My name is Martin Lastrapes and, through no fault of my own, I am Greg’s youngest brother. Greg is currently hard at work wrapping up his forthcoming short film, Misplaced, and fearing his rabid readership—which, I believe has reached a solid baker’s dozen at this point—would become even more apathetic than they already are, he asked me to pinch hit for him. Those of you who are fans of Greg (and, let’s face it, how couldn’t you be with his endless reel of commercial jingles that “almost” went final) know that he has made some pretty terrific short films over the last ten years or so. I say “terrific,” because I have appeared in nearly all of them. Of course, were it up to Greg, you wouldn’t know that.
He likes to refer to me as his Clint Howard, who, as you may know, is the brother of Academy-Award winning director, Ron Howard. Clint appears in all of his brother’s films as something of a novelty. I, on the other hand, appear in Greg’s films in the capacity of thankless pedestal.
Greg has been shamelessly exploiting my talents since 2001, when he ventured into his first truly ambitious endeavor, Razamazoo, a pilot for an adult kid's show that he co-wrote with Eric Donald and Lee Barron.
Look at me: dressed in a blue gorilla outfit, caked in makeup, an ungodly supply of chemicals in my hair. Greg’s true stroke of genius was in the script for the above scene, as it was about three lines long. I believe it read something like this: “Dress Martin as a blue gorilla. Give him no dialogue. Let’s just see him try to be brilliant now!”
Soon thereafter, in 2002, we made It Starts With Feet.
Because we wrote the script together, I gave myself a well-deserved meaty role, playing a man with a vaguely-British accent and inferior vision. Greg, of course, did his best to throw a wet blanket over my performance, claiming he didn’t have adequate equipment before conveniently burying this film in his “vault.”
Then there was The Anson Brophy Show in 2004. I was playing the title role of Anson Brophy, but, it turns out, the joke was on me. Greg only intended this film to be a supplemental piece used for the promotion of his musical sitcom, Two Balls & a Chain. Well, it turned out the joke was on him, as The Anson Brophy Show was as close as Two Balls & a Chain ever came to being realized—and I really love Glee.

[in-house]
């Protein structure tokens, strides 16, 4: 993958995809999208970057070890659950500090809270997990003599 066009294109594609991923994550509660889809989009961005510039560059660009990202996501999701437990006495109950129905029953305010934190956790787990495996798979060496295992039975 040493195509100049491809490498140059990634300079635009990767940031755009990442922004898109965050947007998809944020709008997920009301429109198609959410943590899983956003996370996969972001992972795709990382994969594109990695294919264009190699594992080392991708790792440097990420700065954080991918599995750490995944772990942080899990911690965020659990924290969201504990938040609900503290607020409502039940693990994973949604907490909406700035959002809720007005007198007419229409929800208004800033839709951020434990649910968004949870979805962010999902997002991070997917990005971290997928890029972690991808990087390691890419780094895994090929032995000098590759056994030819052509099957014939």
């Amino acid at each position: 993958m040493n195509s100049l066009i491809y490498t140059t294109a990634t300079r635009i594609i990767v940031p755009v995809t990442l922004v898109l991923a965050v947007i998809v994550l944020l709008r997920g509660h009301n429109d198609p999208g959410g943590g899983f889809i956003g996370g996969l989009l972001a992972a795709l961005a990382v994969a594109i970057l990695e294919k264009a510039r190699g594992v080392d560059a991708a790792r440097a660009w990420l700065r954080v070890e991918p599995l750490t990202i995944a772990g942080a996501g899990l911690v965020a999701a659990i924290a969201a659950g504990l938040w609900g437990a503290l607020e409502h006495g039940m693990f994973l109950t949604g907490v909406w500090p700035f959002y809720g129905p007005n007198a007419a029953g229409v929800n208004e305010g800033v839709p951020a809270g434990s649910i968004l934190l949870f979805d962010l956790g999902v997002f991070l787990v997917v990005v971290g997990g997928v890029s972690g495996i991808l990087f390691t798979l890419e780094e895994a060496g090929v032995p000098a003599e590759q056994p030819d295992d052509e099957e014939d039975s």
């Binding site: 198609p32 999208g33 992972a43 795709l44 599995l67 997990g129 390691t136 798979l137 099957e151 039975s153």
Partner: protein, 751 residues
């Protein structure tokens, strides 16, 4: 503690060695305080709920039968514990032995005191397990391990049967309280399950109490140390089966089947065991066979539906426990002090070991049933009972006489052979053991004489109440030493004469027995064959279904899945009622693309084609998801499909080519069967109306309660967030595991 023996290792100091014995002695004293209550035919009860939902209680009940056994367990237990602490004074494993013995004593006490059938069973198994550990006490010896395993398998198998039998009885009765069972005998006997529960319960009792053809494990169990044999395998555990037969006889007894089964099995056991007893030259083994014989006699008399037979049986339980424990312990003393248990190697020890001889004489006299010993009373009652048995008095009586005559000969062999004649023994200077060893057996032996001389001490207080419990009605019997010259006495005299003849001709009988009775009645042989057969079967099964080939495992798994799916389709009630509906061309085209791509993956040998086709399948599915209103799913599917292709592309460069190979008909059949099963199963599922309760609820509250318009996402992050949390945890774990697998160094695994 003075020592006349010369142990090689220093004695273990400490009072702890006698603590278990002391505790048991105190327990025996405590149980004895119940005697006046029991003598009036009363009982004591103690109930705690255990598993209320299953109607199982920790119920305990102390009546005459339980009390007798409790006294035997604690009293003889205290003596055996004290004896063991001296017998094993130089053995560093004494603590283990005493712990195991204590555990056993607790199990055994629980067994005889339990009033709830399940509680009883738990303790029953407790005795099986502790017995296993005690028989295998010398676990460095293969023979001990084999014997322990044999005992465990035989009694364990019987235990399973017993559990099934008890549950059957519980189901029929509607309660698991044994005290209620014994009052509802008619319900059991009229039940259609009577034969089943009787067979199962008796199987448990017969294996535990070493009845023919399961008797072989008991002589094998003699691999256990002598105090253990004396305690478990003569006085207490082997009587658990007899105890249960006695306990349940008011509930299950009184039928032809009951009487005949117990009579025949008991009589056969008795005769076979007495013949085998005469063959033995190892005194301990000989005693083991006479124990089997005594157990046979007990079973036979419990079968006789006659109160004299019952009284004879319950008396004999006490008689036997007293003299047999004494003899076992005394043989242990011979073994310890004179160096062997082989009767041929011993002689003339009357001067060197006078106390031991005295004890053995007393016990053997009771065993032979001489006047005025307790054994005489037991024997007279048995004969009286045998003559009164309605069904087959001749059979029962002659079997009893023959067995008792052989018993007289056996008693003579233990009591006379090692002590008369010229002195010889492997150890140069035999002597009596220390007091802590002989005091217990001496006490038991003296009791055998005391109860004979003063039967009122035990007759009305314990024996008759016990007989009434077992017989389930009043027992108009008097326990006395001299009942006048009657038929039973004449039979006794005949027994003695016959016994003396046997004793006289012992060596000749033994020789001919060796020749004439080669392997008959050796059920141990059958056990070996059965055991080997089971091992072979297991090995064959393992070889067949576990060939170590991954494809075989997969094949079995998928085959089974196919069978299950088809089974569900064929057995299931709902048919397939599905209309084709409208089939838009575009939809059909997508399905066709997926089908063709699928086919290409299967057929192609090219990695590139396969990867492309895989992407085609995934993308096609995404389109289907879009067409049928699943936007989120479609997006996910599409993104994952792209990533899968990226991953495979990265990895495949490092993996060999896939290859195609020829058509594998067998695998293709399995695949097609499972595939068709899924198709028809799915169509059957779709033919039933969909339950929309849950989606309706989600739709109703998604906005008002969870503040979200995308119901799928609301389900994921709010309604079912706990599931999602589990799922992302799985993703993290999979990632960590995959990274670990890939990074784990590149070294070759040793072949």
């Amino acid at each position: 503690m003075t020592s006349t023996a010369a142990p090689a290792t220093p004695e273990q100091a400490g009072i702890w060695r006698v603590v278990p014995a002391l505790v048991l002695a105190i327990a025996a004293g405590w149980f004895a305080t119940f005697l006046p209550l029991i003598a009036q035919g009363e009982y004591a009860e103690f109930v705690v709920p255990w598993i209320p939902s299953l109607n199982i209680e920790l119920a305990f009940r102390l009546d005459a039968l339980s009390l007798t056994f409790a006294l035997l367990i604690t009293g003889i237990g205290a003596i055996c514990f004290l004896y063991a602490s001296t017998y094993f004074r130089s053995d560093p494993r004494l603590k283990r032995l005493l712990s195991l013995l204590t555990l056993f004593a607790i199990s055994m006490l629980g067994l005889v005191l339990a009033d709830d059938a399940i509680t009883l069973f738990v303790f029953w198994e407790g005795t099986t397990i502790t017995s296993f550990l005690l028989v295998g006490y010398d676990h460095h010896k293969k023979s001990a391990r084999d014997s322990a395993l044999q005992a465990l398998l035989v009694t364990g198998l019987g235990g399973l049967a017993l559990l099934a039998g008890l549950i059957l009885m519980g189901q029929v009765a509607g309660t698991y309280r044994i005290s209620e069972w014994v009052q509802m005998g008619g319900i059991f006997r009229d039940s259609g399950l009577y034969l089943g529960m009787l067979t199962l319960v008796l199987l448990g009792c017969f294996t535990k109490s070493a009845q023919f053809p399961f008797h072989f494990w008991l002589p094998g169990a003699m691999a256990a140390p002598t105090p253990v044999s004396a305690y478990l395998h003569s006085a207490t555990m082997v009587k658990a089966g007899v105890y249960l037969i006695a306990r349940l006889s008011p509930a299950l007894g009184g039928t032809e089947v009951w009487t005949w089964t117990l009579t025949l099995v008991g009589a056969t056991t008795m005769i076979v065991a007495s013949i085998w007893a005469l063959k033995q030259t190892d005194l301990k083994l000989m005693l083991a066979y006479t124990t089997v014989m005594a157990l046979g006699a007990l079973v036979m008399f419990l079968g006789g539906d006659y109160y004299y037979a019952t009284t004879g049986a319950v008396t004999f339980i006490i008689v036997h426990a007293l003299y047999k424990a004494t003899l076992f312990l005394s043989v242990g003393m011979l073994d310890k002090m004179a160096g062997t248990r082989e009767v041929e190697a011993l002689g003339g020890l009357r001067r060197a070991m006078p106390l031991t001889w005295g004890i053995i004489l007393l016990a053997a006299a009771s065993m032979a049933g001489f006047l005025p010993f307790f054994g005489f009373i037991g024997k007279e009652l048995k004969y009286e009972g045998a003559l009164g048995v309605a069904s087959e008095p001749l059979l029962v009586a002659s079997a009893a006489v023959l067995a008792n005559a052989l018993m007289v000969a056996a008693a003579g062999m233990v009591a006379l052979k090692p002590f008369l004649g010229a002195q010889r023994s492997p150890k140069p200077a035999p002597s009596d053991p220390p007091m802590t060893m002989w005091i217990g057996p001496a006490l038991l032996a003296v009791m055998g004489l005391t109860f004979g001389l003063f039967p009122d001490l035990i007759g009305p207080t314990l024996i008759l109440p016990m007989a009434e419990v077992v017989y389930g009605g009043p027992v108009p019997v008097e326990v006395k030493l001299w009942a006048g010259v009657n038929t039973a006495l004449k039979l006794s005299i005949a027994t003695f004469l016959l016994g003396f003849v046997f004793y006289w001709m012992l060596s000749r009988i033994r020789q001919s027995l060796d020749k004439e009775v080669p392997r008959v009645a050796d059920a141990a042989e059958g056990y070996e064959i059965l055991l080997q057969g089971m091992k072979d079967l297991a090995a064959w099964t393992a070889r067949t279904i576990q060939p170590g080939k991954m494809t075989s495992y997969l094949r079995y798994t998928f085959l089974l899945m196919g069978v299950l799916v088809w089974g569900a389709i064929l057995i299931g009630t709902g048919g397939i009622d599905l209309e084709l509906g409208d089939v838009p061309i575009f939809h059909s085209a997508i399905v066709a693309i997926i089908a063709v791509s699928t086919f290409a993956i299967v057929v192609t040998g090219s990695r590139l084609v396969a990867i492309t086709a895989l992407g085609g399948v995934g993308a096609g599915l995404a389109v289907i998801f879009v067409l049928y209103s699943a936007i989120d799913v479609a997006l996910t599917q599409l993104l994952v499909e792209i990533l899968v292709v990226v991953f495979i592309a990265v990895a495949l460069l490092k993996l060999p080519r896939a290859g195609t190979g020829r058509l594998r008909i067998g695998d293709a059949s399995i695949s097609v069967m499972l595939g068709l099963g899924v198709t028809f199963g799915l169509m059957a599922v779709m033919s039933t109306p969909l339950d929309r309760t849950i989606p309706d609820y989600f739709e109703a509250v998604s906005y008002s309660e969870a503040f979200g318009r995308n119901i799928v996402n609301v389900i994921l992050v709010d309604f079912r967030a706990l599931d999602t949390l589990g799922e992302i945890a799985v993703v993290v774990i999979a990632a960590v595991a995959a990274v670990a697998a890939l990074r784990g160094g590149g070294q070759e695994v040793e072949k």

If you’re wondering where my antagonism towards Greg stems from, well it began in 2006, the same year he filmed Why is Zak Schaffer Making the Great American Rock Album? For years I’d been telling Greg about my idea to film a faux-documentary where I’d star as a talented musician named Zak Schaffer who was finishing up his debut album, only to be riddled with anxiety at the prospect of finally sending his music off into the world. All the while, as he discouraged me from pursuing this project myself, Greg was out searching for an actual musician named Zak Schaffer who really was finishing his first album. And, boy oh boy, it certainly was convenient that this was the first film in five years that I didn’t make an appearance in
Of course, Greg tried to make amends by throwing me a bone in 2007’s Paulette Breaks Up, "letting" me reprise my role as Anson Brophy. But, as I should’ve suspected, the joke was on me yet again, as I simply appeared in the background on a television. Yet another example of Greg trying to mute my overwhelming talent.
And then there was the silent period. Where did Greg go? What was he doing? Well, unlike John Lennon's lost weekend, he wasn't having sexual relations with May Pang. And, unlike Jesus's lost years between Christmas and Easter, he wasn't off learning how to be a carpenter for 30 years. No, I'll tell you exactly where Greg was: He was out trying to prove he could successfully make a film without me!
Well, I think his track record speaks for itself, as four years later he finally did complete a new film, which he calls Misplaced. And—guess what?!—I’m in it.
Am I the star? Oh, goodness no. I’ll give you three guesses who stars in Misplaced, so long as all three guesses start with “G.” Even if I loved the film—which I do—I would never give Greg the pleasure of knowing it. I would, however, be happy to point out to him that the film succeeds primarily on the efforts of a tireless, selfless and exceedingly talented crew of collaborators.
Soon you'll have a chance to see Misplaced yourself, as it will be eventually coming to a film festival near you. And when you do see it, don't be surprised to find that Greg has, once again, tried to bury me with a minimum of screen time and dialogue. But don’t worry, I’ll do my usual job of carrying Greg through yet another film, letting him collect all the accolades, so long as all thirteen of his readers know precisely where the credit belongs.